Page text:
Interesting Facts About Monkeys: The Notorious And Funny Creatures

Monkeys might not be as evolved as the talking apes in that popular sci-fi movie franchise, but they’re quite intelligent, with the behaviors which underscore their closeness to human beings on an evolutionary scale.
There are several different things which come to mind when we think of Monkeys. We often consider them as being very smart and cute creatures. Monkeys live in each continent of the world except Antarctica.
There are over 250 species of monkeys classified based on colors, location, sizes, shapes and even their abilities. Monkeys are well-known for being best caregivers to the young ones and even having some humanistic movements.
Also, they’re very vocal animals, and that’s their main way of communicating with each other. They produced different pitches to call a mate, to warn off, and even to communicate with their young ones. Although scientists have studied the communication of monkeys for a very long time, there’s a great deal which we still do not know about it.
December 14th is World Monkey Day. It’s the day when we celebrate and show love for all of the monkeys and other non-human primates. Monkeys are so close to human beings on the evolutionary scale -we share 99% of our DNA with the chimpanzees. Also, monkeys are smart and usually demonstrate behaviors which resemble our own.
Everyone knows who they’re and enjoys watching their weird actions at the zoos. Monkeys of all species are fascinating creatures. In this article, we’re going to look at some interesting facts about monkeys. Enjoy!
1. Capuchin monkeys are thought to be one of the cleverest New World monkey species. They have the ability to learn new skills, use tools, and show different signs of self-awareness.
2. The origins of the word “monkey” remain mysterious. It could originate from Moneke, the name of the son of Martin the Ape in an ancient animal story. Also, it appears to be related to the manikin, from Dutch Manneken (“little man”).
3. The world’s smallest monkey is the Pygmy Marmoset. It measures 117 to 159 millimeters (4 ½ to 6 inches) in length and weighs 85 to 140 grams (3 to 5 ounces).
4. Several New World Monkeys, including the spider monkey, don’t have thumbs. Squirrel and capuchins monkeys are the only New World monkeys with the pseudo-opposable thumbs.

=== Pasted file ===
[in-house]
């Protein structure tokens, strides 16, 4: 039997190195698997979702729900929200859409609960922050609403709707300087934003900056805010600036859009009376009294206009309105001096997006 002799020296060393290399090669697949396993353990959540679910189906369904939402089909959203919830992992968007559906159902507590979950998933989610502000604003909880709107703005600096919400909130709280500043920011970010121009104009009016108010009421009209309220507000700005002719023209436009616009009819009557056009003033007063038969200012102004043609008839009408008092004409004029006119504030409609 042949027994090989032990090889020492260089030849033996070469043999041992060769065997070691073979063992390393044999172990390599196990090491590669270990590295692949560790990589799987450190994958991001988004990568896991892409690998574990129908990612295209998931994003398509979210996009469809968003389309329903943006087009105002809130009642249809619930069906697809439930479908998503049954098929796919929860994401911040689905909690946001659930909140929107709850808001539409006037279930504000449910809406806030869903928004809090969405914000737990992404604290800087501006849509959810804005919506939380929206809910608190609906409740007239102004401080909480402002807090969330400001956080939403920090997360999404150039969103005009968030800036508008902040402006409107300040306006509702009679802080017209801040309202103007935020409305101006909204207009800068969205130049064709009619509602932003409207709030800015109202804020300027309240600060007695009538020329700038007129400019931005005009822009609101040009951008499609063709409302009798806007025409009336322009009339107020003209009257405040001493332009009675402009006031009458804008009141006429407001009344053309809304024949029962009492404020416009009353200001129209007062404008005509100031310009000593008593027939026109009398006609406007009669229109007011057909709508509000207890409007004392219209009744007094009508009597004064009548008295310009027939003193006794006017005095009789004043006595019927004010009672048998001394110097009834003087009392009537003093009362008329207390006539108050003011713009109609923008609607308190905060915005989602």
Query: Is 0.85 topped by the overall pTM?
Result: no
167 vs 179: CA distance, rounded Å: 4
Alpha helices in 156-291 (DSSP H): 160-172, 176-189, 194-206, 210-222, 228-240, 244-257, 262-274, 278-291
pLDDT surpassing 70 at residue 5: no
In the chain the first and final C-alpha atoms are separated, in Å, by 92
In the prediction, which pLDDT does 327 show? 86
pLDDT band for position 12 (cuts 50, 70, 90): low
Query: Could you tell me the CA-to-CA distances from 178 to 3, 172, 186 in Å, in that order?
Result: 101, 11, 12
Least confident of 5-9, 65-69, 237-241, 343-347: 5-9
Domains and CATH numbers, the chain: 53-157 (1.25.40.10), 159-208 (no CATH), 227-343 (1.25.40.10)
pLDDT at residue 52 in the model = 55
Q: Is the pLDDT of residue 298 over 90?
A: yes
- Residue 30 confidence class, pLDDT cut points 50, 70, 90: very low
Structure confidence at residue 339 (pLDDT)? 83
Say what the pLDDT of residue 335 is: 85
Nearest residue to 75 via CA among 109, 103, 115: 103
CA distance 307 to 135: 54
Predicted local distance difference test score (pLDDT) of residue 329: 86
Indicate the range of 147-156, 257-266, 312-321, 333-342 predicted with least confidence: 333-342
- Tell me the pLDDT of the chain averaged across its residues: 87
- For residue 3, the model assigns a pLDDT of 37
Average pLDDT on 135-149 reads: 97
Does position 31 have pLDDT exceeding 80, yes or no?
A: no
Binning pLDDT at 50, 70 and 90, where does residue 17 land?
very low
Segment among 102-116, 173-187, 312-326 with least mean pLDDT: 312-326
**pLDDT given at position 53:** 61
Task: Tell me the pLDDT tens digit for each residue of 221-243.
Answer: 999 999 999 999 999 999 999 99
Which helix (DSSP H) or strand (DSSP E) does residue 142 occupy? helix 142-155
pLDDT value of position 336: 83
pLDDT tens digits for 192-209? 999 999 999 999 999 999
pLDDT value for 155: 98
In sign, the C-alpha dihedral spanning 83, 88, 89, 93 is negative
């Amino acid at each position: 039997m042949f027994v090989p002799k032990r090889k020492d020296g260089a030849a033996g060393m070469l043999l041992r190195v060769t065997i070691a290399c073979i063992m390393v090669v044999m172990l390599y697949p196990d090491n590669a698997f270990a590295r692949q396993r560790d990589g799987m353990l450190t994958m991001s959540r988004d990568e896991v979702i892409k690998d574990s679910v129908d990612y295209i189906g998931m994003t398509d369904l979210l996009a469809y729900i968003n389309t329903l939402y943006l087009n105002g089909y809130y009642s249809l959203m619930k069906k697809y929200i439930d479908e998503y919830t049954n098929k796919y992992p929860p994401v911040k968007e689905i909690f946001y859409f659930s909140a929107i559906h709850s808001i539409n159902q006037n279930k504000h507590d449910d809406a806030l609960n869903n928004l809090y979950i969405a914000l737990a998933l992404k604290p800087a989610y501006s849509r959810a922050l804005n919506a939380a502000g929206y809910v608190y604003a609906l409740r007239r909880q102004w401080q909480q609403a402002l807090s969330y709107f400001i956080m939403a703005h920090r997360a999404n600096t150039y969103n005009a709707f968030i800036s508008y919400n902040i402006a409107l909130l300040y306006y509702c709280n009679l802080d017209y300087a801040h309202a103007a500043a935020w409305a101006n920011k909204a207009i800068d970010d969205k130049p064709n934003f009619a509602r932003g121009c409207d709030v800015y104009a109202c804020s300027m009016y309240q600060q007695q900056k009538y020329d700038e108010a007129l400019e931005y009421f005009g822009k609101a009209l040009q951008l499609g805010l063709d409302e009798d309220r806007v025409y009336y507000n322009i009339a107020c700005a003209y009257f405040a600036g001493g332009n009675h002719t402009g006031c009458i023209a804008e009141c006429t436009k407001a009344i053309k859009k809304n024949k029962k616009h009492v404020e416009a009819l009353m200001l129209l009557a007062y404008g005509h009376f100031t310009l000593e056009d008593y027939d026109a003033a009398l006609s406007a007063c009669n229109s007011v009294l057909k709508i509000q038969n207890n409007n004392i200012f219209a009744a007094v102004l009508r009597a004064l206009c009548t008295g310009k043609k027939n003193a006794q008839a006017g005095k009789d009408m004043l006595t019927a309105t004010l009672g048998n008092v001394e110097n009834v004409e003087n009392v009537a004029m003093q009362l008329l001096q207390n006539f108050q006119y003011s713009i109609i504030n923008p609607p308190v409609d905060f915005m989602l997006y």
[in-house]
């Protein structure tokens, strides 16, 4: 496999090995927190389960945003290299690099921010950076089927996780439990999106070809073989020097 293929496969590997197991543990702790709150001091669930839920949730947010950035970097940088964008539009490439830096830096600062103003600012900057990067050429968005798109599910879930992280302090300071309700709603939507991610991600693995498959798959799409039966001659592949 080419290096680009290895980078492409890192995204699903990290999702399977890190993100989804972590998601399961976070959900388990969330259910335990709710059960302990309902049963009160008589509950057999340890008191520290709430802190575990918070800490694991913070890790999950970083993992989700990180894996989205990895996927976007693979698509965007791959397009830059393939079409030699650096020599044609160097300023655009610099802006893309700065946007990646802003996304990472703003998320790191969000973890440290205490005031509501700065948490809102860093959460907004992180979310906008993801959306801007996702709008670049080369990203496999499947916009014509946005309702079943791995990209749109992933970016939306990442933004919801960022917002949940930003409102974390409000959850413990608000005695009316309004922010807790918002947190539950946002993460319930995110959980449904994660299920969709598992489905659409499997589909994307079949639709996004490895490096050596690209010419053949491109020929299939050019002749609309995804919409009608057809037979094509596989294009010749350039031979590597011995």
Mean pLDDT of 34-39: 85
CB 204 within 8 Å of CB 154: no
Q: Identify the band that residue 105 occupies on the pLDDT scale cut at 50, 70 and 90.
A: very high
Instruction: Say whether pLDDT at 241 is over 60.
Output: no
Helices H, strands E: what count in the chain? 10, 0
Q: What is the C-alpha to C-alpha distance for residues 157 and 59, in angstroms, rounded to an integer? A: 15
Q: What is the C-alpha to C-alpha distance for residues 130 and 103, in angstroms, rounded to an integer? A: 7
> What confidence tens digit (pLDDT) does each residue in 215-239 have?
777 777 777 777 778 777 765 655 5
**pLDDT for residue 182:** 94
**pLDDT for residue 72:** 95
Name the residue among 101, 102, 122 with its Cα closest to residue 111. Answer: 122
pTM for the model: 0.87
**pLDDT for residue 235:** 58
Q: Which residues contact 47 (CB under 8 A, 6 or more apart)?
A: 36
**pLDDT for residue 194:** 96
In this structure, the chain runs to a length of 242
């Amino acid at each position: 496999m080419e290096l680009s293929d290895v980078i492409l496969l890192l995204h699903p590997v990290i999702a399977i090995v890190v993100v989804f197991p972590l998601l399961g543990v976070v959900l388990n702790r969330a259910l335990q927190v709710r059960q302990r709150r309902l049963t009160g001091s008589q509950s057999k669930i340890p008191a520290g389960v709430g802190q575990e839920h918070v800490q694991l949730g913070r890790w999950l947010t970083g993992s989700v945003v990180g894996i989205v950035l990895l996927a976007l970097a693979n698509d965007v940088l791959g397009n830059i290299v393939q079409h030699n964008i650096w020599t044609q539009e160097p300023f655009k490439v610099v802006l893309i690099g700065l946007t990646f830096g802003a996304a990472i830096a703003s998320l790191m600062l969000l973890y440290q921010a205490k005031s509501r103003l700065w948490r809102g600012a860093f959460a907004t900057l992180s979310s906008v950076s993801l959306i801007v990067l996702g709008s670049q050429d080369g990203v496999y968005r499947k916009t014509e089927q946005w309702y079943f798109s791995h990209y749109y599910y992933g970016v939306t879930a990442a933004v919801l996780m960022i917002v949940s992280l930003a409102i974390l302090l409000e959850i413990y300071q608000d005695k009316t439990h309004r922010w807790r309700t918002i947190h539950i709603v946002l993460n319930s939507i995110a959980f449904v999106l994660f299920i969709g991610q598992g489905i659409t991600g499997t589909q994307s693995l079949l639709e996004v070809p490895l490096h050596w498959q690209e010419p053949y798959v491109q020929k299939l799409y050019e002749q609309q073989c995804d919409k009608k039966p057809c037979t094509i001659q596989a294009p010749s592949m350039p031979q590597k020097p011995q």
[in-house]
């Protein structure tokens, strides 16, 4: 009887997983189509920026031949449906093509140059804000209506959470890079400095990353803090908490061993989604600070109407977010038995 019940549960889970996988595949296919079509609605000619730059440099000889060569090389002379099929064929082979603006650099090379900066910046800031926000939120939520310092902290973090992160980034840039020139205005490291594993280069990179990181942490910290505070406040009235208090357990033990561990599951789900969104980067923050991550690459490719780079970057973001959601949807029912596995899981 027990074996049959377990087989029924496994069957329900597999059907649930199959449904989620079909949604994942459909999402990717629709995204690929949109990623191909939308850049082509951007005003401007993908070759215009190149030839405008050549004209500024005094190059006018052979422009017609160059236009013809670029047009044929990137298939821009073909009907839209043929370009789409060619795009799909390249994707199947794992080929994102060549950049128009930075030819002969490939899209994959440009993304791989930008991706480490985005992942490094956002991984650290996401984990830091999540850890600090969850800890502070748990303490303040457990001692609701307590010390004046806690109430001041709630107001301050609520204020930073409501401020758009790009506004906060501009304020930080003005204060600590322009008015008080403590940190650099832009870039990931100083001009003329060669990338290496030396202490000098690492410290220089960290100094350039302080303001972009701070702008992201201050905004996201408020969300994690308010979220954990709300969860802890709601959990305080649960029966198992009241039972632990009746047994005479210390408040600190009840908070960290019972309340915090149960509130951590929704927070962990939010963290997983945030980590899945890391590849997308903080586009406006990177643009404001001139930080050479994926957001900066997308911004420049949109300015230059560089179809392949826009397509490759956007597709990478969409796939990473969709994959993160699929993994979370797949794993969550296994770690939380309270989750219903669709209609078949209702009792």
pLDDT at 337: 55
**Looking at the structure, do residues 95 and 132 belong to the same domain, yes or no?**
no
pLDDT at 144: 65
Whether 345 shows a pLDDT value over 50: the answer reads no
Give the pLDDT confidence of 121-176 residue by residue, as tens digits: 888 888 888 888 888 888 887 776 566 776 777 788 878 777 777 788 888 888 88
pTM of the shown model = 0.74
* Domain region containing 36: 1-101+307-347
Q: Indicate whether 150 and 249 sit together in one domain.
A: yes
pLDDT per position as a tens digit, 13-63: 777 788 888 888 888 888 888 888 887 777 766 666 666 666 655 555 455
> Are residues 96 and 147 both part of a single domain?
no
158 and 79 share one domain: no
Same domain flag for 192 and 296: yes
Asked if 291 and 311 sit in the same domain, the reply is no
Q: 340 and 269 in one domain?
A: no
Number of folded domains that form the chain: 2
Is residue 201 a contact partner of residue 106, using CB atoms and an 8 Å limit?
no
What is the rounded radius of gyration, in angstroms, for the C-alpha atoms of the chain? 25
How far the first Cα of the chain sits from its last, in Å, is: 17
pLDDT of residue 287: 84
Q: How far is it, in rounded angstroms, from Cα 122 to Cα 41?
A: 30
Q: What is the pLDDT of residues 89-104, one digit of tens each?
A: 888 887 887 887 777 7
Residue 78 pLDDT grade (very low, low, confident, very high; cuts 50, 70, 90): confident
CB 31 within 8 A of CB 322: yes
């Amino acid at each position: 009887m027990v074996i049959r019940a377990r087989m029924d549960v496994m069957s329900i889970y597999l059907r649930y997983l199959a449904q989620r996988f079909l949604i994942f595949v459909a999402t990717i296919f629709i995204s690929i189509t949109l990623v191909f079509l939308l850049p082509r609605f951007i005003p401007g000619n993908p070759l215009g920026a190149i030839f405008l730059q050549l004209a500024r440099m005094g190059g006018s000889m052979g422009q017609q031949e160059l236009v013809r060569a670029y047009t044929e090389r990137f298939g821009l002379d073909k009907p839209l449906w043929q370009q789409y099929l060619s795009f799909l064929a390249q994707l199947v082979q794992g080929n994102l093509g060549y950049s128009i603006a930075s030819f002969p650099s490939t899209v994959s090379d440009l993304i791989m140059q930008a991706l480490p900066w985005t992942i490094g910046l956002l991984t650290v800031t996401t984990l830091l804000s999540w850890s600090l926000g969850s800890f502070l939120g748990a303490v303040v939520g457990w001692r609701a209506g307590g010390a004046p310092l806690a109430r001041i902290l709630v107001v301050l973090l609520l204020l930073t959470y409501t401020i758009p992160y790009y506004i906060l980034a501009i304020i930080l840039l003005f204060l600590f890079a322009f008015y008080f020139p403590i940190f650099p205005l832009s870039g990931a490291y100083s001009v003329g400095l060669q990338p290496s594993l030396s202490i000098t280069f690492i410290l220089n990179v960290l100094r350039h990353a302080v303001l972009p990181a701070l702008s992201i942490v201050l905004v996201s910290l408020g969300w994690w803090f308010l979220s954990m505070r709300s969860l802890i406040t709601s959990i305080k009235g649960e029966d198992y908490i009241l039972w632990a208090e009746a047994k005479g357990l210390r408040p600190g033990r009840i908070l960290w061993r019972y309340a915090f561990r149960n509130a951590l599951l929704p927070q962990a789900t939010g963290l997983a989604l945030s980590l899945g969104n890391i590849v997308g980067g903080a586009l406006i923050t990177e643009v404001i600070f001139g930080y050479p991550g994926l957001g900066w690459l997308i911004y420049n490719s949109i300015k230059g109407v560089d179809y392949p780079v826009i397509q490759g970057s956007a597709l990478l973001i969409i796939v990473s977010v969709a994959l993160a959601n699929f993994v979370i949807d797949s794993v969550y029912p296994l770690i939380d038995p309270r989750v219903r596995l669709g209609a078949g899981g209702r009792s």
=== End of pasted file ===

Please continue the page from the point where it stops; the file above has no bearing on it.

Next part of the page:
5. Capuchin monkeys use distinct vocal sounds to recognize different kinds of predators. Also, they’ve been seen banging some stones together to warn each other of the approaching predators.
6. South American Titi monkeys are very rare among the primates since they’re monogamous. They mate once in a lifetime and become very distressed when separated. They also show love by remaining close, intertwining their tails, grooming each other, holding hands, cuddling, nuzzling, and even lip smacking.
7. Proboscis monkeys are well-known for the long noses of the males that grow larger as the monkeys age. Females have smaller, pointed noses. In fact, this unique feature might assist to resonate loud vocalizations of the males.
8. There are two subfamilies Old World monkeys; specialists, and generalists. Specialists eat mainly leaves, and generalists eat almost anything.
9. The largest monkey is the male Mandrill. It’s nearly 3.3 feet (one meter) long and weighs approximately 77 pounds (35 kilograms).
10. Capuchin Male Monkeys urinate on themselves to attract their mates.
11. Monkeys are trained and hired as harvesters of big coconut plantations in Thailand and Malaysia.
12. Scientists have found out that monkeys are susceptible to different optical illusions, just like human beings.
13. There is a restaurant in Japan that uses monkeys as waiters.
14. Some people eat monkey brains as a delicacy in parts of Africa, South Asia, and China.
15. The first animal to be launched into space was a rhesus monkey known as Albert I on board a US-launched V2 rocket in 1948

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